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Indigo Blurs Lines Between Carry-Out and Community Hub

(Tom Williams/CQ Roll Call File Photo)
(Tom Williams/CQ Roll Call File Photo)

It’s been just more than a year since Indigo co-founders Dinesh and Nidhi Tandon formally established their brick-and-mortar neighborhood restaurant. But the writing on the wall (literally) suggests they have already firmly cemented their place among Indian dining enthusiasts.  

The quaint establishment at 243 K St. NE, which replaced a dilapidated corner store in the steadily shifting NoMa section of town, has allowed the Tandons to graduate from cult following to community anchor. The family-run operation — he’s the carnival barker-like gent often calling back orders from the register area to the kitchen, while she juggles day-to-day cooking duties and recipe development — marks the continuation of the alimentary evangelism they began while doling out aromatic servings of their native dishes to adventurous shoppers at Eastern Market.  

(Chris Hale/CQ Roll Call Illustration)
(Chris Hale/CQ Roll Call Illustration)

“This started with our passion for cooking, for my wife especially, and for me to have a place where purely home-cooked food [could] be served,” Dinesh said of their shared vision for the fledgling restaurant.  

A glance around the close-knit main dining room (just a handful of tables, though more have been added to the refurbished patio area) illustrates just how passionate patrons are about the entire experience.  

“All the way from Canada to enjoy your food,” a woman scribbled on one of the walls last fall. “Look past your thoughts so you may drink the pure nectar of this moment,” another inked elsewhere. “If I loved the daal makhani any more, it would be indecent,” an anonymous tagger openly confessed in permanent marker.  

The quirky affirmations — management is clearly in on the act (“Waiting for your food sucks, but we promise it will be worth it” is, rather brilliantly, inscribed above the front counter) — may seem silly to some. But one loopy endorsement, in particular, managed to pique this political observer’s interest.  

“Yes sir, it’s Mr. [Elijah E.] Cummings himself who signed the wall,” Dinesh affirmed via email regarding the eye-catching John Hancock the Maryland Democrat contributed to the restaurant’s D-I-Y decorating scheme. Per Dinesh, another lawmaker, Sen. Patrick J. Toomey, R-Pa., has popped by a couple of times, while former Mayor Anthony Williams and his wife, Diane, are frequent visitors.  

But Dinesh’s crowning achievement appears to be catering to the highest court in the land. “We have been honored by [Justice] Sonia Sotomayor’s visit with her complete team,” Dinesh said, noting that he has since delivered her go-to dish, ground lamb awash in vegetable-rich curry (more on that in a moment), over to the Supreme Court on multiple occasions.  

The kitchen covers a good deal of ground, dishing out the likes of Punjabi street snacks and comfort foods (heartwarming lentil soup, anyone?) along with industry standards (mango chicken, saucy house-made cheese dishes). Dinesh swears by the chicken tikka (“It’s unlike anywhere,” he insists.) and paalak paneer.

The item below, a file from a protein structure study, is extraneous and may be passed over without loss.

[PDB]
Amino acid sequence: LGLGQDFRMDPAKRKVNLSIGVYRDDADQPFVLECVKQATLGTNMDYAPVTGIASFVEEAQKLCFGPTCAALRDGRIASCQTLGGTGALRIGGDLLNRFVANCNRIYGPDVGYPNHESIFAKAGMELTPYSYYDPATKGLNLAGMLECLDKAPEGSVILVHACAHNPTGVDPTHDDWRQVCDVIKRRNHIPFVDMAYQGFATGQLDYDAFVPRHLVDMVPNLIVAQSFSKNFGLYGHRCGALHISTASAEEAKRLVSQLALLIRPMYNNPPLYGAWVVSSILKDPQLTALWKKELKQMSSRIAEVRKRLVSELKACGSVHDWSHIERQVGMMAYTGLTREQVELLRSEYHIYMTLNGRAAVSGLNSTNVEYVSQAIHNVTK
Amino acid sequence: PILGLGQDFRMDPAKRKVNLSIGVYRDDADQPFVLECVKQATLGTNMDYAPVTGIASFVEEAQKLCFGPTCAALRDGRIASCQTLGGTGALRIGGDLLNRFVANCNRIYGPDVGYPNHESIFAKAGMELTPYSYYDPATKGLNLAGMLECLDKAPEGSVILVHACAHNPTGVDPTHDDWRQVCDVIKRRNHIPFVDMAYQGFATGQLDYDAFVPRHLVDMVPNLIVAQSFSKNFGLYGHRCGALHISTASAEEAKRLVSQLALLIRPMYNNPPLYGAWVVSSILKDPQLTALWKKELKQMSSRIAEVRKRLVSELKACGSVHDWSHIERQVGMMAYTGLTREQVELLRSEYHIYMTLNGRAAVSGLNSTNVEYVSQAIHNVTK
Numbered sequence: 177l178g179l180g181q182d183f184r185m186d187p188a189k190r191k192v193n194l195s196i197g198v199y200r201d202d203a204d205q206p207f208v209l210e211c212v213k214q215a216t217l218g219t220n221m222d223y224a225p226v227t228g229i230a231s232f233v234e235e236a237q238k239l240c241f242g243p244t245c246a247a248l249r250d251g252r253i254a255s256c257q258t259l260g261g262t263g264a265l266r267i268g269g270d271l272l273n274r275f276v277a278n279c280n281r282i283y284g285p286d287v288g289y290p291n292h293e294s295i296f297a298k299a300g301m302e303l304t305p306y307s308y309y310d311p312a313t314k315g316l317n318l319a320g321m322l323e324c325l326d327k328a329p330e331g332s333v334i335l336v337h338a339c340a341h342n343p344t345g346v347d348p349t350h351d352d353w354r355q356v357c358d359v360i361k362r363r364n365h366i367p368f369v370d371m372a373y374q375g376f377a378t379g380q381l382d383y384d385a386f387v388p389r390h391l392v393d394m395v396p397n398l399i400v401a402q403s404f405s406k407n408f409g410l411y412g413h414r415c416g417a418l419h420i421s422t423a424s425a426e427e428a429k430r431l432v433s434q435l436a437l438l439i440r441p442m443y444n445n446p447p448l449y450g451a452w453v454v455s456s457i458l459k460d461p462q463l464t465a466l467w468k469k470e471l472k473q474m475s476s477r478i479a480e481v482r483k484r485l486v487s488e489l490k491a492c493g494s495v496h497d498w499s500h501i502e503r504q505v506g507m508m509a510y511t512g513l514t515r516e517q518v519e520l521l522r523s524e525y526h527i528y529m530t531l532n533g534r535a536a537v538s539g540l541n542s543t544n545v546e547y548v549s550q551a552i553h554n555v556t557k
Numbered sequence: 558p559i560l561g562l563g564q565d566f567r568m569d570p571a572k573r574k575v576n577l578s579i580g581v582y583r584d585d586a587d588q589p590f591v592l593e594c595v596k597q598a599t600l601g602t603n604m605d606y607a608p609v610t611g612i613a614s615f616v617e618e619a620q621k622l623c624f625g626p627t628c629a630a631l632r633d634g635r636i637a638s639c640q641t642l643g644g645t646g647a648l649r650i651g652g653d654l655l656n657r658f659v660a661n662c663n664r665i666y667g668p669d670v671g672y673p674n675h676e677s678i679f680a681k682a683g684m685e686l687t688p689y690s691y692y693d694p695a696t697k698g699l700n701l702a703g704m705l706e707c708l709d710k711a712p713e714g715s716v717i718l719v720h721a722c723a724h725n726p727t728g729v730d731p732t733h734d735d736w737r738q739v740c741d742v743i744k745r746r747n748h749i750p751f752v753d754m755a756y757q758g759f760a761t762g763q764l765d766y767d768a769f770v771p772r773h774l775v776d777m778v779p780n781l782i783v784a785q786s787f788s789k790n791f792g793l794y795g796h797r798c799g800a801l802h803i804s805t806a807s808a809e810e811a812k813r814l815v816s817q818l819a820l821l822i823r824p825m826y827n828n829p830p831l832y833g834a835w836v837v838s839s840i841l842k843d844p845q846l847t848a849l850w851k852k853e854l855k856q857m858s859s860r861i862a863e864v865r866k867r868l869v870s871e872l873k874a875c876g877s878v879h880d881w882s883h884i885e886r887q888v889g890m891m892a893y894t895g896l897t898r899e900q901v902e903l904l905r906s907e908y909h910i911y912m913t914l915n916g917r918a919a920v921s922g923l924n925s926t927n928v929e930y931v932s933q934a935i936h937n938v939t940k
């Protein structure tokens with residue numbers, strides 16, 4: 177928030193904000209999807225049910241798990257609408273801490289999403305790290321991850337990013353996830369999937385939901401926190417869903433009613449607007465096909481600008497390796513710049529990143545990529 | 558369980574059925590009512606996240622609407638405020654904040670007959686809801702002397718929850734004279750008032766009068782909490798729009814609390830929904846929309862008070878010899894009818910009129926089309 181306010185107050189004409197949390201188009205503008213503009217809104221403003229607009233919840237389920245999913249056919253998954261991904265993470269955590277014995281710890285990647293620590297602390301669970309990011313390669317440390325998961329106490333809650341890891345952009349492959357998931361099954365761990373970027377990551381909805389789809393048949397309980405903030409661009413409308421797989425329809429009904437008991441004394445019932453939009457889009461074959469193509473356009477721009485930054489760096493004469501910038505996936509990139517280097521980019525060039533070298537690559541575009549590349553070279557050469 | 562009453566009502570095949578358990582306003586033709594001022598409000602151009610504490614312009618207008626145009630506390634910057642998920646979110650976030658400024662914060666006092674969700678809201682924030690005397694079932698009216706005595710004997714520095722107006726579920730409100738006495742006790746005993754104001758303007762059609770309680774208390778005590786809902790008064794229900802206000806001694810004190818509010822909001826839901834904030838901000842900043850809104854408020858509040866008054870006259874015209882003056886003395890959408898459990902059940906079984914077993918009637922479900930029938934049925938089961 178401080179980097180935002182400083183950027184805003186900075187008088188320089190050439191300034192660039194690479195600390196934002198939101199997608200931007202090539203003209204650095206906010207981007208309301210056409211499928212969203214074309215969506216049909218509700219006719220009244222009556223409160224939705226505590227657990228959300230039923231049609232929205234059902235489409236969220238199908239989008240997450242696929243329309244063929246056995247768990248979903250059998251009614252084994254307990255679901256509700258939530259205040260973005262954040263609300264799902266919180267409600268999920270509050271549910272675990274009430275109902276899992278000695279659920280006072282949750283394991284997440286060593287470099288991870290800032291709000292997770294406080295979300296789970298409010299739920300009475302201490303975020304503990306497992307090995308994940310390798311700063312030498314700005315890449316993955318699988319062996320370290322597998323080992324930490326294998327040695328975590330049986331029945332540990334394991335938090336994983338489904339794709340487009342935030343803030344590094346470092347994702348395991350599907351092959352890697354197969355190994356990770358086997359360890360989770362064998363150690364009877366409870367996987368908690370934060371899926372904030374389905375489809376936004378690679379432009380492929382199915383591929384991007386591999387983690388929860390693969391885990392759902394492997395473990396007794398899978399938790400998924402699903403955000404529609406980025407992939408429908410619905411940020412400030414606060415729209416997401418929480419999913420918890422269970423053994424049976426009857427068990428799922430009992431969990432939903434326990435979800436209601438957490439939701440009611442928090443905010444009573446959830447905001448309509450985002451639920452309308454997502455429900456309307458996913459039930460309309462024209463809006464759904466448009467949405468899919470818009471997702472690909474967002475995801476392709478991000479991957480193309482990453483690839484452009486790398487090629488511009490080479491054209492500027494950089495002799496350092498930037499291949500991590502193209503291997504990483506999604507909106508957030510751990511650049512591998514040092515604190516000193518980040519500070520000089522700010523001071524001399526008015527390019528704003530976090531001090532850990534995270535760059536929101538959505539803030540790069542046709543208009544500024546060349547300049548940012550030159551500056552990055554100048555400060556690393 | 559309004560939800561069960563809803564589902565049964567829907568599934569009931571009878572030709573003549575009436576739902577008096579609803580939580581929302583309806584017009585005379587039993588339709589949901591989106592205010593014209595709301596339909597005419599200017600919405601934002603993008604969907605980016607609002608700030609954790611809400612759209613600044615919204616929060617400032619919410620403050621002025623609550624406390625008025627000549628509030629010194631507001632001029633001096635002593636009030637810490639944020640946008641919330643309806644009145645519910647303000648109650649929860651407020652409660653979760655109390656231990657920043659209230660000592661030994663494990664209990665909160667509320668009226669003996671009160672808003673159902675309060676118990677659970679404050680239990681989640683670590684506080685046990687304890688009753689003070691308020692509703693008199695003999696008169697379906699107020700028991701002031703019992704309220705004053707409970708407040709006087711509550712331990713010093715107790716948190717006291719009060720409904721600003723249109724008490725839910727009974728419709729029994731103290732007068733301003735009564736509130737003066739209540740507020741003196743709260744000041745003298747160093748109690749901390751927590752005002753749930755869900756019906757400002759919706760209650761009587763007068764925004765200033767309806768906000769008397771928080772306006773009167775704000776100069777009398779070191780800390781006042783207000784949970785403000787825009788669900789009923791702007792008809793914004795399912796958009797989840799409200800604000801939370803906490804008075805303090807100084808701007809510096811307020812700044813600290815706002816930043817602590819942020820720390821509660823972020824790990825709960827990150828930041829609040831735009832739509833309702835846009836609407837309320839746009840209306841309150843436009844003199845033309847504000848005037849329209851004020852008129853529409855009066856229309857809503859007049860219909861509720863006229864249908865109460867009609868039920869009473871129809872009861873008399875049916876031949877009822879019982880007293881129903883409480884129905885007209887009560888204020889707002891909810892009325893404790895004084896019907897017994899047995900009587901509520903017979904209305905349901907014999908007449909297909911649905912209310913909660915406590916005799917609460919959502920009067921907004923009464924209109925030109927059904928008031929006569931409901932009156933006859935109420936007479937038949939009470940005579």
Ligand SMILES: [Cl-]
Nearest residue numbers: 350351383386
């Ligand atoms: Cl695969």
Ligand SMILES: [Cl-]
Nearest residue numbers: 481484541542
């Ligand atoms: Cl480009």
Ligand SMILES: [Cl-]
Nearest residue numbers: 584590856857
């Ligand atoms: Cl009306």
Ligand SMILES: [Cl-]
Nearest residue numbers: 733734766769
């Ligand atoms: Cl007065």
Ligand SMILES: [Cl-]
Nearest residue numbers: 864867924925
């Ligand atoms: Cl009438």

The chicken tikka is impressive. Each bite of seductive bird is impregnated by traces of slowly simmered garlic, onions and peppers. The well-balanced construct does not rocket through the sinuses like some daredevil curry; instead, each forkful delivers a richly layered brew bolstered by thrilling flashes of attention-holding spice.  

The keema favored by Sotomayor promises fireworks, but seemed more like a dud. Each portion features the crumbled lamb, accented with peas and onions, on one side, while a companion scoop of cooked chickpeas pools at the other end. Neither side is exceptionally spicy; lamb elicits a promising tingle the longer it’s left on the tongue, but fails to conjure any substantive heat. The chickpeas deliver a slow-building burn that pleasantly warms the back of the throat but eventually fizzles out.  

Pav bhaji (think: vegetarian sliders) pack a formidable punch. The Sloppy Joe-like snack features twin potato rolls stuffed with hot pepper-laced, red onion-studded cooked spinach soaked through in hearty tomato gravy.  

A bone-in goat stew is simply marvelous. The titular protein is strikingly tender (though some might find the native cliff-dweller a bit too fatty). The underlying broth is goosed by tongue-teasing blasts of concentrated cinnamon. The accompanying potatoes are pleasantly creamy.  

In addition to continuing to grow the menu (check for daily specials on the giant chalkboard posted inside), Dinesh said he’s got big plans for the restaurant itself. Short-term goals include broadening the delivery area and carving out separate service lines for carryout and dine-in customers (yes, please!). Bigger picture stuff includes covering the outdoor patio beneath a canopy in order to provide additional opportunities for fans who’ve come to hang out.  

“Our customers are the local community,” Dinesh said. “We feel happy to have won their appreciation and support.”  

Indigo: 243 K St. NE; 202-544-4777. Average entree: under $12 ($). Open for lunch Monday through Friday, dinner Monday through Saturday. Related: Indigo Skirts Major Flare Up Feast Your Eyes on Our Inaugural Dining Guide Take Your Time Getting to Know Rose’s Luxury The 114th: CQ Roll Call’s Guide to the New Congress Get breaking news alerts and more from Roll Call in your inbox or on your iPhone.

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